A Convening about Neighborhood Change, Displacement, and Equitable Development
Overview

A Convening about Neighborhood Change, Displacement, and Equitable Development

Anand Marri, VP & Head of Outreach and Education, Federal Reserve Bank of New York
Sam Marks, Executive Director, LISC New York City
Maurice Jones, President & CEO, LISC
Nani Coloretti, Deputy Secretary of the U.S. Department of Housing and Urban Development
From left: Andrew Haughwout, Federal Reserve Bank of New York; Nancy Mirabal, University of Maryland; Jackelyn Hwang, Princeton University; Ingrid Gould Ellen, NYU Wagner and NYU Furman Center; Karen Chapple, University of California, Berkeley
Denise Scott, Executive Vice President for Programs, LISC
Kai Wright, Features Editor of The Nation and host of WNYC’s podcast “There Goes The Neighborhood”
From left: Michelle de la Uz, Fifth Avenue Committee; Dina Levy, New York State Attorney General’s Office; Wendy Takahisa, Morgan Stanley; Karim Hutson, Genesis Companies, LLC
Patricia Swann, New York Community Trust
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A Convening about Neighborhood Change, Displacement, and Equitable Development

September 19, 2016

New York City, like other fast-growing U.S. cities, is grappling with the challenge of ensuring that economic growth and new investments in housing and other infrastructure spur equity and inclusion rather than result in the displacement of low-income residents. On September 19th, 2016, two hundred community development practitioners, policymakers, government officials, researchers, and funders came together to explore what the latest research tells us about neighborhood change and displacement, identify gaps in data, learn about anti-displacement and equitable development strategies from other cities, and discuss with key stakeholders the challenges and opportunities to implement effective anti-displacement initiatives in New York City.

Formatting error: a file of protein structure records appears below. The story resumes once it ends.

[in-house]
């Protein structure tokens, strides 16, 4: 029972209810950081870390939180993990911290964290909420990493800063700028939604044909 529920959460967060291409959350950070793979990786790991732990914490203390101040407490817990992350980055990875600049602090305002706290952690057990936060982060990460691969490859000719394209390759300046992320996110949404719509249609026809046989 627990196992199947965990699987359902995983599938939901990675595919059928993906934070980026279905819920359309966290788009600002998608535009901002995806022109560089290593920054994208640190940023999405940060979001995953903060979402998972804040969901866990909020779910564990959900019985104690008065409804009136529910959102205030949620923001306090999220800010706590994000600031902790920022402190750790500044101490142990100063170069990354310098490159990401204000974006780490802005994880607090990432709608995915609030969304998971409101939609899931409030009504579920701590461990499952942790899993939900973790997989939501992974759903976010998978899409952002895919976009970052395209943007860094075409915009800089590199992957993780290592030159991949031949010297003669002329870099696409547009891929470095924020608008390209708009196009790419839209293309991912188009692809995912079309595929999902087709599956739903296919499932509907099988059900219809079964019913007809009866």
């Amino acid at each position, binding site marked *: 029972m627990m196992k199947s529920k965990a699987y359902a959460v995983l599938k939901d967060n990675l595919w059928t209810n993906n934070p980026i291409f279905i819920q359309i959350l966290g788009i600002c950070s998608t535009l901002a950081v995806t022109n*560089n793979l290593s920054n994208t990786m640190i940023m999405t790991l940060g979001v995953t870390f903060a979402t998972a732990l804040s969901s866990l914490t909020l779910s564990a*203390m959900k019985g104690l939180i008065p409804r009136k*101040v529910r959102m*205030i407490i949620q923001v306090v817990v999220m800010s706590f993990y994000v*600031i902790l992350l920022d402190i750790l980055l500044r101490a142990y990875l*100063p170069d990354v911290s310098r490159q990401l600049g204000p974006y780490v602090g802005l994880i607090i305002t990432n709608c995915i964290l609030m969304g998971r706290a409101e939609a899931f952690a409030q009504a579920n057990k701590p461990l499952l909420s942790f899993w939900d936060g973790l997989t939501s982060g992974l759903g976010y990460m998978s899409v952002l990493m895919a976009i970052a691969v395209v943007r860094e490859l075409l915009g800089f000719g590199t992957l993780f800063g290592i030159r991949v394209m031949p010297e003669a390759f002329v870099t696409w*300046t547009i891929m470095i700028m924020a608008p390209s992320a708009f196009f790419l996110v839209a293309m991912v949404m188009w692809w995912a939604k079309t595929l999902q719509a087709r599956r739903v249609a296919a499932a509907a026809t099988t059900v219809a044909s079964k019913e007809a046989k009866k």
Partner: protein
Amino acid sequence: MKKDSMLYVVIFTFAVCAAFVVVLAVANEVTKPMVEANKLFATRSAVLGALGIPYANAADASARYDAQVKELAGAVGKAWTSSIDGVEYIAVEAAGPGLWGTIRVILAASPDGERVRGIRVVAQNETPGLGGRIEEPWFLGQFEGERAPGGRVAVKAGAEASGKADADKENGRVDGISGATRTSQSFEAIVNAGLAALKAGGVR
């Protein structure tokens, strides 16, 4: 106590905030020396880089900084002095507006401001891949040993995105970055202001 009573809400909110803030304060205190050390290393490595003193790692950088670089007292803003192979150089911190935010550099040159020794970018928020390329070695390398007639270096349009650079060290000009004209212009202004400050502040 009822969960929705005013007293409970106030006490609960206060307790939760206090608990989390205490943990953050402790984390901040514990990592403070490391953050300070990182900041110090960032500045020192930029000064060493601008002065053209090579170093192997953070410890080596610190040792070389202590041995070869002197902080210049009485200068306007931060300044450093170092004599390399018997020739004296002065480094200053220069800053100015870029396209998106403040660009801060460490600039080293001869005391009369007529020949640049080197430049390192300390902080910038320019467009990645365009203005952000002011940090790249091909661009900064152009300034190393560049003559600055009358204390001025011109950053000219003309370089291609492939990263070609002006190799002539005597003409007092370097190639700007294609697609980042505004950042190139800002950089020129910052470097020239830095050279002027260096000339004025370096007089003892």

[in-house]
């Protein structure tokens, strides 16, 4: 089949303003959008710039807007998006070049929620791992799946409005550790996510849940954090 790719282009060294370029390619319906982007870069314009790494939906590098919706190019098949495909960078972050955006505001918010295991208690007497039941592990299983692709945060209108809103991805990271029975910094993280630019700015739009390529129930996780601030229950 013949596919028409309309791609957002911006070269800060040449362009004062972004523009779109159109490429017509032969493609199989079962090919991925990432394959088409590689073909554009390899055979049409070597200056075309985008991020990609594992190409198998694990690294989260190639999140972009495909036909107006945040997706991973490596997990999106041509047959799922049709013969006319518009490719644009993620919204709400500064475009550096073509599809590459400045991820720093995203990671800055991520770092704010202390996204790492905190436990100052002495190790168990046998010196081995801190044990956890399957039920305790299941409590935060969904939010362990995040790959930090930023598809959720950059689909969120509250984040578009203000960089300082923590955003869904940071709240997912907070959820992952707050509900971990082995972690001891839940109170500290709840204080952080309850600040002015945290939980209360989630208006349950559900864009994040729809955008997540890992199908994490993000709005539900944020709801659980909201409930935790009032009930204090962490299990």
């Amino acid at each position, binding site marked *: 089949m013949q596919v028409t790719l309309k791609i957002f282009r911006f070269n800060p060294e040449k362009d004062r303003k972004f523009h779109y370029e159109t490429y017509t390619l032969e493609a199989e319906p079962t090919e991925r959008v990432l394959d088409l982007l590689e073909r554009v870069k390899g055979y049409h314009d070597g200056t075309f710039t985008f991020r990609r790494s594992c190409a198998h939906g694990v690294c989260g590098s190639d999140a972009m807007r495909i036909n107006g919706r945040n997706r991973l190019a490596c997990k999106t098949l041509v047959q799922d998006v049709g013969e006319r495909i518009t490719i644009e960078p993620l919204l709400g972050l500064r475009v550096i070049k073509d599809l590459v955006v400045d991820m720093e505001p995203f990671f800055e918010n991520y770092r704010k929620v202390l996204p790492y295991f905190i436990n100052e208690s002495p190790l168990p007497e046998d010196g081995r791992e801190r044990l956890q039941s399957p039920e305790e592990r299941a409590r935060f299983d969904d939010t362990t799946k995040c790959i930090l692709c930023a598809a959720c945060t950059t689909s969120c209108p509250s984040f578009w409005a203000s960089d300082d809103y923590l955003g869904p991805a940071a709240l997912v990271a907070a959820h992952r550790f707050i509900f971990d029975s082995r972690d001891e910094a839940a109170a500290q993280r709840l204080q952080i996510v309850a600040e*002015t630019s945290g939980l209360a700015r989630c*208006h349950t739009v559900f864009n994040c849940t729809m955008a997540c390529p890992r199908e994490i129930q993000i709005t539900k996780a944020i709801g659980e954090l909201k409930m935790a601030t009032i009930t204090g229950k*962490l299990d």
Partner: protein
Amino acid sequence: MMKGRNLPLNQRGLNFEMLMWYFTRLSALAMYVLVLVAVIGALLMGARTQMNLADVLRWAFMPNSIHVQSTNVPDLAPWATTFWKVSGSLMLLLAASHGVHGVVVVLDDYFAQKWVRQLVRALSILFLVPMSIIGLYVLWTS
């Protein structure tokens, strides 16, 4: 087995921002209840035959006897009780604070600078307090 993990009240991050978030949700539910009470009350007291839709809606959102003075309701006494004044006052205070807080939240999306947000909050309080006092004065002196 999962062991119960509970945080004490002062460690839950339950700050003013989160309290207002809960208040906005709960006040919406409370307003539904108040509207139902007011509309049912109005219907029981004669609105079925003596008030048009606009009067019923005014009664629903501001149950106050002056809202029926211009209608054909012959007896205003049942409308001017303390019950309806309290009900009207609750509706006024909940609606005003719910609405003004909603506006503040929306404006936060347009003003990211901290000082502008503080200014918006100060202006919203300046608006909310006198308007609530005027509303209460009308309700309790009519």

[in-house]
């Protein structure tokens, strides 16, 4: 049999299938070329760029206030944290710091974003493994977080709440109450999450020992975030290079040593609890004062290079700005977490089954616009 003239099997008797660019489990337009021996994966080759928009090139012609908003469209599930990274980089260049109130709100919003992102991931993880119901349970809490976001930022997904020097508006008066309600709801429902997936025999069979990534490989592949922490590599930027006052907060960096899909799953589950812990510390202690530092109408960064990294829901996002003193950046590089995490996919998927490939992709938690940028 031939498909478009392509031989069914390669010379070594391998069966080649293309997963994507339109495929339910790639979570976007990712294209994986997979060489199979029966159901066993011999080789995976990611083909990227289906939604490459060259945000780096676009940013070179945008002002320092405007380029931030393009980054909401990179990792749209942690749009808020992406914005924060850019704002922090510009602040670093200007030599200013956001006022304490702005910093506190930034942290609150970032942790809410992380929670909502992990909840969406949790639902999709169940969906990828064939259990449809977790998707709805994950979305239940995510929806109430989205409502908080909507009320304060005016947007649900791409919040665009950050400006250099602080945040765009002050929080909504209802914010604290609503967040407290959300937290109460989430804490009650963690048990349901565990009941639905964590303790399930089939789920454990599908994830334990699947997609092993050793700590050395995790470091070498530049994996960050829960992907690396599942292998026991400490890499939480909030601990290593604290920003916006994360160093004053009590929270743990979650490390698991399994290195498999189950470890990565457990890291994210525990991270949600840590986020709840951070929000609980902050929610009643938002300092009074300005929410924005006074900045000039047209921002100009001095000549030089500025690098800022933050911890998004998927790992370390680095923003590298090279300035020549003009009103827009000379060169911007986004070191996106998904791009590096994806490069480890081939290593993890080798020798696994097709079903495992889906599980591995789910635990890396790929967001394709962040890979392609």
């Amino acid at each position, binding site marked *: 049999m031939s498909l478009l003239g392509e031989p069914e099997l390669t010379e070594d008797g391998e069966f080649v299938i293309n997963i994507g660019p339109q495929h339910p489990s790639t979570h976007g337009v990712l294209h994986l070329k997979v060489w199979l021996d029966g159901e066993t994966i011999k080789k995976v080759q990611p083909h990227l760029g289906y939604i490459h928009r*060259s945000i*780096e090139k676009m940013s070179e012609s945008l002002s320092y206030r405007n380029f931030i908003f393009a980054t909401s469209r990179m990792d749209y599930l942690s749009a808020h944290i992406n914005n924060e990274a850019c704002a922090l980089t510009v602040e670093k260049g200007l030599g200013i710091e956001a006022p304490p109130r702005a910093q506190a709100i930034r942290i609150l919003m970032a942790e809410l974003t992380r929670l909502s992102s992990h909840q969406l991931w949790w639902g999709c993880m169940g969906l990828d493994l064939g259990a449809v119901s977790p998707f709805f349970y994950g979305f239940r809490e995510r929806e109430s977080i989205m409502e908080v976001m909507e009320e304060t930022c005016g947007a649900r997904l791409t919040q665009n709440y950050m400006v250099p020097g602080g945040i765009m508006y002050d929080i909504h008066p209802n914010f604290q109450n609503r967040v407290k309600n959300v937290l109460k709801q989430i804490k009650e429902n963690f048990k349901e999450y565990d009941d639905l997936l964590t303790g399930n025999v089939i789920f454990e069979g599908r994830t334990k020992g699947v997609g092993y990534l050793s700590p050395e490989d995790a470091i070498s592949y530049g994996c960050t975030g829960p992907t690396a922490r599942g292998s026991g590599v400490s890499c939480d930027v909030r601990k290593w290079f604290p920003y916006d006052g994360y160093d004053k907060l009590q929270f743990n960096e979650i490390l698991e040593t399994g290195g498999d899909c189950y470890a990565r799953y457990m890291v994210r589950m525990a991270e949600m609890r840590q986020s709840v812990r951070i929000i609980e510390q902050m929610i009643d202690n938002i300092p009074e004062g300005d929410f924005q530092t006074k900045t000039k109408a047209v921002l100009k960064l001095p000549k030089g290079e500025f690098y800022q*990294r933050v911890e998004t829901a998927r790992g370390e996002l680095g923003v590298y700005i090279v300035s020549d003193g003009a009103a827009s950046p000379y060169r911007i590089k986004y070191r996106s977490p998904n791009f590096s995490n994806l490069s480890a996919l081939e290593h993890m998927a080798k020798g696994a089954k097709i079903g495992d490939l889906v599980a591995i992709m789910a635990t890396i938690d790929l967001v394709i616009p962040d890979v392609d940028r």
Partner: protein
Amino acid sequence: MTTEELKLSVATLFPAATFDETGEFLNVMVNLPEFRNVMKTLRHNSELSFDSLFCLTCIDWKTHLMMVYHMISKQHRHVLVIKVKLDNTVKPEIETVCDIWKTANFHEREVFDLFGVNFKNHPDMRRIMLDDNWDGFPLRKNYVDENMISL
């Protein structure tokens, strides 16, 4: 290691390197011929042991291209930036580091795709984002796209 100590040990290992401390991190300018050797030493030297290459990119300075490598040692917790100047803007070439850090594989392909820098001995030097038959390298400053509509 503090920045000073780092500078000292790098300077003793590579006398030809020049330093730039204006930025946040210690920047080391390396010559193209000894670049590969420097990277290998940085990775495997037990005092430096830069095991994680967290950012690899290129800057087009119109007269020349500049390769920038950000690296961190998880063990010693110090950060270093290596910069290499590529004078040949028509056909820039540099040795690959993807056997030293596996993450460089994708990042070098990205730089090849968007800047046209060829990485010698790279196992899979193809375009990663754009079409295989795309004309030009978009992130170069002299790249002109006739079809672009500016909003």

The event, co-hosted by Local Initiatives Support Corporation (LISC) NYC, the Federal Reserve Bank of New York, and NYU Furman Center, consisted of a series of panels followed by discussions with the audience. It concluded with a moderated discussion between New York City government and elected officials and the audience, with the intent of moving toward concrete recommendations and actionable steps for equitable development in New York City.

The convening was made possible by major support from The New York Community Trust and additional support from the Charles H. Revson Foundation.

Goals:

  • Explore research agenda and data needed to measure and track neighborhood change and displacement 
  • Identify effective anti-displacement and equitable development tools and strategies 
  • Forge collaboration among key stakeholders to implement anti-displacement and equitable development strategies in New York City

 

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Additional support provided by the Charles H. Revson Foundation